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Title in Portuguese: In the heart of the Amazon: noncommunicable diseases and apolipoprotein E4 genotype in the riverine population
Author: Arrifano, Gabriela P. F.
Alvarez-Leite, Jacqueline I.
Souza-Monteiro, José Rogério
Augusto-Oliveira, Marcus
Paraense, Ricardo
Macchi, Barbarella M.
Pinto, André
Oriá, Reinaldo B.
Nascimento, José Luiz Martins do
Crespo-Lopez, Maria Elena
Keywords: Hipertensão
Diabetes Mellitus
Issue Date: Sep-2018
Publisher: International Journal of Environmental Research and Public Health
Citation: ARRIFANO, G. P. F. et al. In the heart of the Amazon: noncommunicable diseases and apolipoprotein E4 genotype in the riverine population. International Journal of Environmental Research and Public Health, v. 15, n. 9, p. 1-15, sept. 2018.
Abstract: The Amazon River basin is the largest tropical forest in the world. Most of the Amazon belongs to Brazil, a developing country that currently faces huge challenges related to the consolidation of its universal healthcare system. Noncommunicable diseases (NCDs) are the leading cause of death in Brazil, accounting for 74% of all deaths, and NCDs are probably underestimated in Amazonian population because of their geographical isolation and the precariousness of riverine communities. Important risk factors, such as genetic susceptibility, remain undetermined in the riverine population. This study performed fasting blood sugar (FBS) and blood pressure measurements and investigated the presence of the "4 allele of apolipoprotein E (APOE4) to determine the prevalence of diabetes, hypertension and the genetic risk of NCDs. FBS and APOE4 were measured in blood samples from 763 participants using spectrometry and real-time PCR; 67.5% showed altered measurements, and 57.9% had never been diagnosed or treated. Altered FBS was found in 28.3% of the participants, hypertension in 57.6% and APOE4 in 32.0%. The health profile of the riverine population appears to differ from that of urban population in the Amazon. Additional risk factors for NCDs, such as environmental contamination and nutritional transition, may contribute more than increased genetic susceptibility to the prevalence of altered FBS and hypertension. Our results will help guide the development of preventive strategies and governmental actions for more effective management of NCDs in the Amazon area.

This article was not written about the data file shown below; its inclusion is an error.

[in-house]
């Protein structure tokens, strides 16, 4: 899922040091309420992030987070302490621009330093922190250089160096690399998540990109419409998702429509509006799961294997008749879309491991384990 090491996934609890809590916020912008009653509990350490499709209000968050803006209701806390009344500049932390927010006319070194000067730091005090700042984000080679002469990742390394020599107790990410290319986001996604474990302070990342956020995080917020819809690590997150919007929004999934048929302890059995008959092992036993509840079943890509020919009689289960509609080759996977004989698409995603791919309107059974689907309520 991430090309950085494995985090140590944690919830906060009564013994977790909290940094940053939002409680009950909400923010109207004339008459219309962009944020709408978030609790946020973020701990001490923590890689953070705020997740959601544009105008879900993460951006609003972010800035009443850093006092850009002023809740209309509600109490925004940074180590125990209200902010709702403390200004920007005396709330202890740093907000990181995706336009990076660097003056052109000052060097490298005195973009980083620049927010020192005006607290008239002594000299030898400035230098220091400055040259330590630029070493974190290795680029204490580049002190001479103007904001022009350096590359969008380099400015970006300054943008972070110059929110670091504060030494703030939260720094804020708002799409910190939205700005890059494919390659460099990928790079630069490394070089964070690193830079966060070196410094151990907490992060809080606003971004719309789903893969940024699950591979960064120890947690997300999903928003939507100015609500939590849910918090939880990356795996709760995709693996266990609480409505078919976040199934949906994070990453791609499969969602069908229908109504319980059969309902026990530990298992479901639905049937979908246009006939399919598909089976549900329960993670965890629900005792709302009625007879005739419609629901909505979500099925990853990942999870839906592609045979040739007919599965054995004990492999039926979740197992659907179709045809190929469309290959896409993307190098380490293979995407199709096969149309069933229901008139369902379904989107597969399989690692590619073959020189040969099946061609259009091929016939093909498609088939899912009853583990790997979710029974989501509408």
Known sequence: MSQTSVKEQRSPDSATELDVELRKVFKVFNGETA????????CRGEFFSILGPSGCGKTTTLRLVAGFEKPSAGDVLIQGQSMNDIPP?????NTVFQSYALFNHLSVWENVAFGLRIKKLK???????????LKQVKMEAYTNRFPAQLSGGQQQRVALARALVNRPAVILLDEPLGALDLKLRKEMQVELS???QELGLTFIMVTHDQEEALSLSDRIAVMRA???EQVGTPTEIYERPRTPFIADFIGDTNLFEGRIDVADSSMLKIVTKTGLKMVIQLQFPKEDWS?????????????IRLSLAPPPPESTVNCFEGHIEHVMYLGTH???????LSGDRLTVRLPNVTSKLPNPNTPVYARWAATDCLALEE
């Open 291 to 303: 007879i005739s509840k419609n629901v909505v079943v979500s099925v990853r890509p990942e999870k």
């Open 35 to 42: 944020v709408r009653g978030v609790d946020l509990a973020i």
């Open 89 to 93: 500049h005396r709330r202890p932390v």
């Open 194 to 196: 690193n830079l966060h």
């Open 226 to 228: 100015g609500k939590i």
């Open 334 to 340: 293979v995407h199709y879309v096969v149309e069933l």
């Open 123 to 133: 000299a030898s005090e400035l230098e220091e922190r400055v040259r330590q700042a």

metadata.dc.type: Artigo
ISSN: 1661-7827
1660-4601 (Online)
Appears in Collections:PPGF - Artigos publicados em revistas científica

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